Driving in circles: road building and causal thinking

Way back in September last year, I concluded the post prior to Beyond this Brief Anomaly’s rather longer than expected hiatus by using a very simple example to illustrate the distinction between the way that causality is conventionally understood, and how it tends to be appreciated within systemic thinking. I’ll now round out that discussion by extending the ideas explored there to a real-world “problematical situation”, in order to show how our understanding of causality can have very practical implications for the ways that we organise things in the social sphere. Continue reading

Dealing with causality in an uncertain world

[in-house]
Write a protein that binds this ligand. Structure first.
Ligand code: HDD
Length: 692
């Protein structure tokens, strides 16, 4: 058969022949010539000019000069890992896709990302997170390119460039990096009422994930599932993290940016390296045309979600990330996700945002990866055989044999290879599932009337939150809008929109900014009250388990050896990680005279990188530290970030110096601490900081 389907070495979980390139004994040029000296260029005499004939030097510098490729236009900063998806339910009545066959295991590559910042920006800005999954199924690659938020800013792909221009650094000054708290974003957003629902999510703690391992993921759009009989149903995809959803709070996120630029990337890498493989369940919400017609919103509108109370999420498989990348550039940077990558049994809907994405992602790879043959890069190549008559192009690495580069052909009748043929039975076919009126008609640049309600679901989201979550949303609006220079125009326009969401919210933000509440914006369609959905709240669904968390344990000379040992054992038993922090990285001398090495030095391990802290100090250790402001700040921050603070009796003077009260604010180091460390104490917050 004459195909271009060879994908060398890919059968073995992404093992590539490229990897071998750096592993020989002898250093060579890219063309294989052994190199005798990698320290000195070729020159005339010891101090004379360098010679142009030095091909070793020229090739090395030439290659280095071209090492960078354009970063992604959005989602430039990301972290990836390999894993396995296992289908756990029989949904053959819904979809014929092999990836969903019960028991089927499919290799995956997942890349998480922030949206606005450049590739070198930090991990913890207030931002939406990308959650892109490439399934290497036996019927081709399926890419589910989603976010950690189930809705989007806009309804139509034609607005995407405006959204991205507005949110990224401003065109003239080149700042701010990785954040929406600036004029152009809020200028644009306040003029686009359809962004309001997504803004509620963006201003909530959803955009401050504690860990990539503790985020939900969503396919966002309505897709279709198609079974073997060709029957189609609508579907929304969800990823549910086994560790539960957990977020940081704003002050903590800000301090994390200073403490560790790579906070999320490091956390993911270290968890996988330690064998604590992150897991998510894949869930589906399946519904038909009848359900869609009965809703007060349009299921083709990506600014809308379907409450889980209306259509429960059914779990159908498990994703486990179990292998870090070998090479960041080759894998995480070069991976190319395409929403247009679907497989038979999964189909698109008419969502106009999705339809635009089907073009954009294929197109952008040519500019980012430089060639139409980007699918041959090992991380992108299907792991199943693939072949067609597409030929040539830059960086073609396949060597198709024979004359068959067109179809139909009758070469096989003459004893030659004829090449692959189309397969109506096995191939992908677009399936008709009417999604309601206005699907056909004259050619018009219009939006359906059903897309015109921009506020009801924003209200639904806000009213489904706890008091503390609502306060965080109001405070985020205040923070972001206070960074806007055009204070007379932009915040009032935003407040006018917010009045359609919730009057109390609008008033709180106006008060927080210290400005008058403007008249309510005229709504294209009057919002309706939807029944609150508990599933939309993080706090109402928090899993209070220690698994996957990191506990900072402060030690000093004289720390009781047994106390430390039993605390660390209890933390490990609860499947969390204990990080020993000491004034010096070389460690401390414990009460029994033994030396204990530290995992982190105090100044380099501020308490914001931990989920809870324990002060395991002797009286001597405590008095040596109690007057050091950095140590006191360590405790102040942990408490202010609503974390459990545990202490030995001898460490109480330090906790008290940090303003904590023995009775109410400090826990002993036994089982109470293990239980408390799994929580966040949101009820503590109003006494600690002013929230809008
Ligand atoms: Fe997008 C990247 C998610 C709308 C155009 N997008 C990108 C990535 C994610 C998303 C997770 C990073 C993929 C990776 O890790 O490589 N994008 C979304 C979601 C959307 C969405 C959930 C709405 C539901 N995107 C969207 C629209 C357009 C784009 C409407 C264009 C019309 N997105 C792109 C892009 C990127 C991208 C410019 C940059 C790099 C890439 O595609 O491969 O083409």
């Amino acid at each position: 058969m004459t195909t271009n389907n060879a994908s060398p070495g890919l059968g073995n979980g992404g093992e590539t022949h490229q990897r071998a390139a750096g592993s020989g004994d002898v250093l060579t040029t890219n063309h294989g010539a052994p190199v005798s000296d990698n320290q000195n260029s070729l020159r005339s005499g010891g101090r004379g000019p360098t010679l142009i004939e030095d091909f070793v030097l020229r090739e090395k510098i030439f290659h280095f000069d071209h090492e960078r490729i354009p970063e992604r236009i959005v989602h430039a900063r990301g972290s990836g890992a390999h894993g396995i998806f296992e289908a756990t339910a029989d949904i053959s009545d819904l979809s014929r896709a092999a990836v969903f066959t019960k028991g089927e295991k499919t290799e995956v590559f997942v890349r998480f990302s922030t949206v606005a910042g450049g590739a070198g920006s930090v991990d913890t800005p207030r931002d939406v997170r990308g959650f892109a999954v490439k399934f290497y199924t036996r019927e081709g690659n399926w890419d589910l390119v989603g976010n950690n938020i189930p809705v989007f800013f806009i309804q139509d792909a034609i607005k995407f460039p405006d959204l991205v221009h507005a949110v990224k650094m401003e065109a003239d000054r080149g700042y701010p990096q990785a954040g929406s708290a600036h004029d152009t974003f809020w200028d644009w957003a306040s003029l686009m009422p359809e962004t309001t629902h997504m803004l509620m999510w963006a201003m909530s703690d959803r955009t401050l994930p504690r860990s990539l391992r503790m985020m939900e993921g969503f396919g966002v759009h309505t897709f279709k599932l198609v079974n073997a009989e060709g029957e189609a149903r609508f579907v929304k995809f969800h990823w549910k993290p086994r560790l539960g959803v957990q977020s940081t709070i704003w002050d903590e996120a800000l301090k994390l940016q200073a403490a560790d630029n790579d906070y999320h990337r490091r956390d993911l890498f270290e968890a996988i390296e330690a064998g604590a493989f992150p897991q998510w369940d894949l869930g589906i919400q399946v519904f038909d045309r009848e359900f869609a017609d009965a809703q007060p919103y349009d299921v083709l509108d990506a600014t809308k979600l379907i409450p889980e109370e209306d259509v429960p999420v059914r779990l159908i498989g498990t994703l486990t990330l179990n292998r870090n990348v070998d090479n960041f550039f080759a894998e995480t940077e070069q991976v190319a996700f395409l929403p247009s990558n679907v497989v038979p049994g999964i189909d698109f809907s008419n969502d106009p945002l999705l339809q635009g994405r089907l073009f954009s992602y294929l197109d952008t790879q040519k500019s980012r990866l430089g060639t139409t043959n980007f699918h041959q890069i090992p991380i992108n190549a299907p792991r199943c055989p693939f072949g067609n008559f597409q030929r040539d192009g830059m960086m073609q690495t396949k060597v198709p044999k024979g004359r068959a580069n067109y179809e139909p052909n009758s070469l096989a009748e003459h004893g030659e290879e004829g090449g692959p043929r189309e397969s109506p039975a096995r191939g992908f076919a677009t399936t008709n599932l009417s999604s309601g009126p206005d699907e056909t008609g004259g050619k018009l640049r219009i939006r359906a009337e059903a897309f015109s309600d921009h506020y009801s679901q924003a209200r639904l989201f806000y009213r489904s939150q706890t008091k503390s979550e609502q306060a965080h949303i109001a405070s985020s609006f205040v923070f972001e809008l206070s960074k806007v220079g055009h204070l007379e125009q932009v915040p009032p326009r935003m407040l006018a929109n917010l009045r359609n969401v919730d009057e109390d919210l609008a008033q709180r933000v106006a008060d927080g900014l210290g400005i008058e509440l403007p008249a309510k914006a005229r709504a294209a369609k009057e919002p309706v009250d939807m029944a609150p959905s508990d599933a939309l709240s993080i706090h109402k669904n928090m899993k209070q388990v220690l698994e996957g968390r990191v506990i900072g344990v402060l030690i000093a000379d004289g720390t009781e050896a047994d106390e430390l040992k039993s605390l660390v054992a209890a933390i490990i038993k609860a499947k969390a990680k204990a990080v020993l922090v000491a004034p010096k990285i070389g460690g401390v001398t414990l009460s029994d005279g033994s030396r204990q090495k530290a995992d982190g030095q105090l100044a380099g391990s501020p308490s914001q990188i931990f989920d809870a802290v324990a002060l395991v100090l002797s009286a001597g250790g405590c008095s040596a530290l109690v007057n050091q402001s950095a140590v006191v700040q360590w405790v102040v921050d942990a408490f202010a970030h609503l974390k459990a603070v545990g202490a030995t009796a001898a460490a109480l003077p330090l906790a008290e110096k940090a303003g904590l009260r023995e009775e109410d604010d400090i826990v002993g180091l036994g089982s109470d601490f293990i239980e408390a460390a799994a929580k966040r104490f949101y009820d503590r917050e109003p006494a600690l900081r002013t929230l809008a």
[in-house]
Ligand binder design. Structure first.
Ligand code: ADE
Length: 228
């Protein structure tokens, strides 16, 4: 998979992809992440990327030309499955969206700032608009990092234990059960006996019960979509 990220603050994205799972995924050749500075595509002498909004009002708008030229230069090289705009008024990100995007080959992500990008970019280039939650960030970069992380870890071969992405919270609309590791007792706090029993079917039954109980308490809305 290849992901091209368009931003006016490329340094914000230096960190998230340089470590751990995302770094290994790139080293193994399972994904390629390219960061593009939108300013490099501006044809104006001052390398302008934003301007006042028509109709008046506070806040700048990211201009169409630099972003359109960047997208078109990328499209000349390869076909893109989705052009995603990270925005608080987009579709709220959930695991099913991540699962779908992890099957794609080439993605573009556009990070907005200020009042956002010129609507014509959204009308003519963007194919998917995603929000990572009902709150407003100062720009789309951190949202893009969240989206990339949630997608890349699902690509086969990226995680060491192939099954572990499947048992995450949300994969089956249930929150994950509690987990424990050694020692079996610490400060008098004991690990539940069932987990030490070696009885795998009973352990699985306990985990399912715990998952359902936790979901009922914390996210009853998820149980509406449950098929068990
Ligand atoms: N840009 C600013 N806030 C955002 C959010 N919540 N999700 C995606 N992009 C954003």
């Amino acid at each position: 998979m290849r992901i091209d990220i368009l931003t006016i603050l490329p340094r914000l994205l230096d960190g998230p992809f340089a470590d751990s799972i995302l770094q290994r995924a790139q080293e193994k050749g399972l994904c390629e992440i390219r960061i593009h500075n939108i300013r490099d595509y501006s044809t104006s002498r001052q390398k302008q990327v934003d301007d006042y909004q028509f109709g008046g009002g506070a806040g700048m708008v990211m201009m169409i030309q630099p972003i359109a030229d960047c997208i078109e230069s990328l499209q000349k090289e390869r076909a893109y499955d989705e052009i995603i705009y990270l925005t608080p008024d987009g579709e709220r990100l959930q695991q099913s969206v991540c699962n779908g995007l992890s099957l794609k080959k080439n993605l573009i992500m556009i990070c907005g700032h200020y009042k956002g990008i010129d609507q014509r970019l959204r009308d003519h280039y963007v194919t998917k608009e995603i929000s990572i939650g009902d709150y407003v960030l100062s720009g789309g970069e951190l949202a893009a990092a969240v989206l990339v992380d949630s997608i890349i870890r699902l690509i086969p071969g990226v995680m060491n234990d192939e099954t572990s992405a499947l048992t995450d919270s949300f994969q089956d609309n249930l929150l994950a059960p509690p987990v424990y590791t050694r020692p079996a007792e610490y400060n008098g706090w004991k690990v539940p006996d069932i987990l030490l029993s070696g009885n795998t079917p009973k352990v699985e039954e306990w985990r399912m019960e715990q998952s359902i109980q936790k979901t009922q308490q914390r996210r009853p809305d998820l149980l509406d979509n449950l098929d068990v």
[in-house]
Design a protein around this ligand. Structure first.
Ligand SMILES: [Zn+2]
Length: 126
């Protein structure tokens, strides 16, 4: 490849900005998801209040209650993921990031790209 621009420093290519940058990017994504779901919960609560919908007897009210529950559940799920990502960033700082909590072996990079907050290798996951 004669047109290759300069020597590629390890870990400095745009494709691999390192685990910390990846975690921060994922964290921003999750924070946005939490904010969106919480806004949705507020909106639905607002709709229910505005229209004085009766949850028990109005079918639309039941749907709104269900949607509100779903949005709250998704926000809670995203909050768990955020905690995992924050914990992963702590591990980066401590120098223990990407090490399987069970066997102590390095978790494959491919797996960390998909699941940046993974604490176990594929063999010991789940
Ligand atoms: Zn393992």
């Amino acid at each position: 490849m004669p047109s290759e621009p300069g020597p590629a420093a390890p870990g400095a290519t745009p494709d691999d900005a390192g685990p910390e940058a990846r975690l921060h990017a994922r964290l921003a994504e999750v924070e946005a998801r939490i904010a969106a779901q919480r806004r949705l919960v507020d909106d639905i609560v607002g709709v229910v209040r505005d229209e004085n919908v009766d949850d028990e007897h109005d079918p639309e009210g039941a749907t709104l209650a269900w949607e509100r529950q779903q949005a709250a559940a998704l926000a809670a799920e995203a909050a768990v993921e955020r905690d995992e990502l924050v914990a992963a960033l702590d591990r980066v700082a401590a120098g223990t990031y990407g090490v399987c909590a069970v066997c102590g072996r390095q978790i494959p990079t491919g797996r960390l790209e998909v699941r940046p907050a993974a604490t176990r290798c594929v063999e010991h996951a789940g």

The post prior to last cleared the air in relation to some ways in which the systems sciences seem to go astray in their treatment of foundational concepts relating to the energy view of physical phenomena, specifically those associated with the science of thermodynamics in its classical or macroscopic form. It’s a noteworthy irony that in taking a macroscopic view, the classical approach deals with thermodynamic behaviour at the level of “whole systems”, and in doing so, shares significant commonalities with the systems sciences. An important distinction is that whereas the systems sciences set out to do this as a self-conscious corrective to perceived inadequacies of reductionist science, in classical thermodynamics this is instead a natural entailment of dealing with phenomena that, as discussed previously, are of a systemic character. Continue reading